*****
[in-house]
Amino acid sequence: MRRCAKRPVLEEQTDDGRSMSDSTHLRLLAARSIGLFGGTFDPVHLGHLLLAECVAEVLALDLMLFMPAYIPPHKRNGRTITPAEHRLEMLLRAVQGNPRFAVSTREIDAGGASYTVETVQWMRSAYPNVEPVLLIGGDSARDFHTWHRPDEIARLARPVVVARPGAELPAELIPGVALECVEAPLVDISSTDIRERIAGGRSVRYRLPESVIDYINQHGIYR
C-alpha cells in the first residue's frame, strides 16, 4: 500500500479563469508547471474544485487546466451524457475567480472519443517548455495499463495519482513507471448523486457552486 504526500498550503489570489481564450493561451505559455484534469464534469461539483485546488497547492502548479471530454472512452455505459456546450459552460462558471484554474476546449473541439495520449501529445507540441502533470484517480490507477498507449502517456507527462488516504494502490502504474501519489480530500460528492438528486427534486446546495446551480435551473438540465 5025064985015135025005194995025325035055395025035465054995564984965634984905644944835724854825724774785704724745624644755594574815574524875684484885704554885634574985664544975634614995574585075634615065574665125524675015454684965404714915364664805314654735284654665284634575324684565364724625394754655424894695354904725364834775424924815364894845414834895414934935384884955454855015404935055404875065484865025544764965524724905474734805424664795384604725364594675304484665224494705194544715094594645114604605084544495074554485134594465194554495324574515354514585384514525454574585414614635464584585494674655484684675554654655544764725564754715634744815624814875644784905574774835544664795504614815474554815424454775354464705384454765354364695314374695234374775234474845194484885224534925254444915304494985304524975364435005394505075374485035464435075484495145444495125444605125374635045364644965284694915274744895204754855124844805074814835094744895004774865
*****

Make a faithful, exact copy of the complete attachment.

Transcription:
[in-house]
Amino acid sequence: MRRCAKRPVLEEQTDDGRSMSDSTHLRLLAARSIGLFGGTFDPVHLGHLLLAECVAEVLALDLMLFMPAYIPPHKRNGRTITPAEHRLEMLLRAVQGNPRFAVSTREIDAGGASYTVETVQWMRSAYPNVEPVLLIGGDSARDFHTWHRPDEIARLARPVVVARPGAELPAELIPGVALECVEAPLVDISSTDIRERIAGGRSVRYRLPESVIDYINQHGIYR
C-alpha cells in the first residue's frame, strides 16, 4: 500500500479563469508547471474544485487546466451524457475567480472519443517548455495499463495519482513507471448523486457552486 504526500498550503489570489481564450493561451505559455484534469464534469461539483485546488497547492502548479471530454472512452455505459456546450459552460462558471484554474476546449473541439495520449501529445507540441502533470484517480490507477498507449502517456507527462488516504494502490502504474501519489480530500460528492438528486427534486446546495446551480435551473438540465 5025064985015135025005194995025325035055395025035465054995564984965634984905644944835724854825724774785704724745624644755594574815574524875684484885704554885634574985664544975634614995574585075634615065574665125524675015454684965404714915364664805314654735284654665284634575324684565364724625394754655424894695354904725364834775424924815364894845414834895414934935384884955454855015404935055404875065484865025544764965524724905474734805424664795384604725364594675304484665224494705194544715094594645114604605084544495074554485134594465194554495324574515354514585384514525454574585414614635464584585494674655484684675554654655544764725564754715634744815624814875644784905574774835544664795504614815474554815424454775354464705384454765354364695314374695234374775234474845194484885224534925254444915304494985304524975364435005394505075374485035464435075484495145444495125444605125374635045364644965284694915274744895204754855124844805074814835094744895004774865